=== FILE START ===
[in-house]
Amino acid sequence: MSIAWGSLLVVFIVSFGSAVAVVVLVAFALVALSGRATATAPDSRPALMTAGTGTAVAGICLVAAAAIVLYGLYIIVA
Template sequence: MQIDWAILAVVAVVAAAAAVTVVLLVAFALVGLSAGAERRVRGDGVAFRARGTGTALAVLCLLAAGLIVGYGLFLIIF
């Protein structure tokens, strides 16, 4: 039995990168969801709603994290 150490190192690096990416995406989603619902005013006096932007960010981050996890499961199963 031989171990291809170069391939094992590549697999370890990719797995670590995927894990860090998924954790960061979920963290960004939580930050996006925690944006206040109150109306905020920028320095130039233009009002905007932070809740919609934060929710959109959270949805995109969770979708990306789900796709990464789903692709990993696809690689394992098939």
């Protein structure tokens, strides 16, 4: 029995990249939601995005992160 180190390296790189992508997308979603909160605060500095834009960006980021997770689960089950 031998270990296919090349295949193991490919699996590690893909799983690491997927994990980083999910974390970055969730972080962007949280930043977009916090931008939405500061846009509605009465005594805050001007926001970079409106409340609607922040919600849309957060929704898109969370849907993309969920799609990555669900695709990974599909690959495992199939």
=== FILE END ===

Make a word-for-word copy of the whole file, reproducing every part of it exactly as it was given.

[in-house]
Amino acid sequence: MSIAWGSLLVVFIVSFGSAVAVVVLVAFALVALSGRATATAPDSRPALMTAGTGTAVAGICLVAAAAIVLYGLYIIVA
Template sequence: MQIDWAILAVVAVVAAAAAVTVVLLVAFALVGLSAGAERRVRGDGVAFRARGTGTALAVLCLLAAGLIVGYGLFLIIF
């Protein structure tokens, strides 16, 4: 039995990168969801709603994290 150490190192690096990416995406989603619902005013006096932007960010981050996890499961199963 031989171990291809170069391939094992590549697999370890990719797995670590995927894990860090998924954790960061979920963290960004939580930050996006925690944006206040109150109306905020920028320095130039233009009002905007932070809740919609934060929710959109959270949805995109969770979708990306789900796709990464789903692709990993696809690689394992098939």
């Protein structure tokens, strides 16, 4: 029995990249939601995005992160 180190390296790189992508997308979603909160605060500095834009960006980021997770689960089950 031998270990296919090349295949193991490919699996590690893909799983690491997927994990980083999910974390970055969730972080962007949280930043977009916090931008939405500061846009509605009465005594805050001007926001970079409106409340609607922040919600849309957060929704898109969370849907993309969920799609990555669900695709990974599909690959495992199939």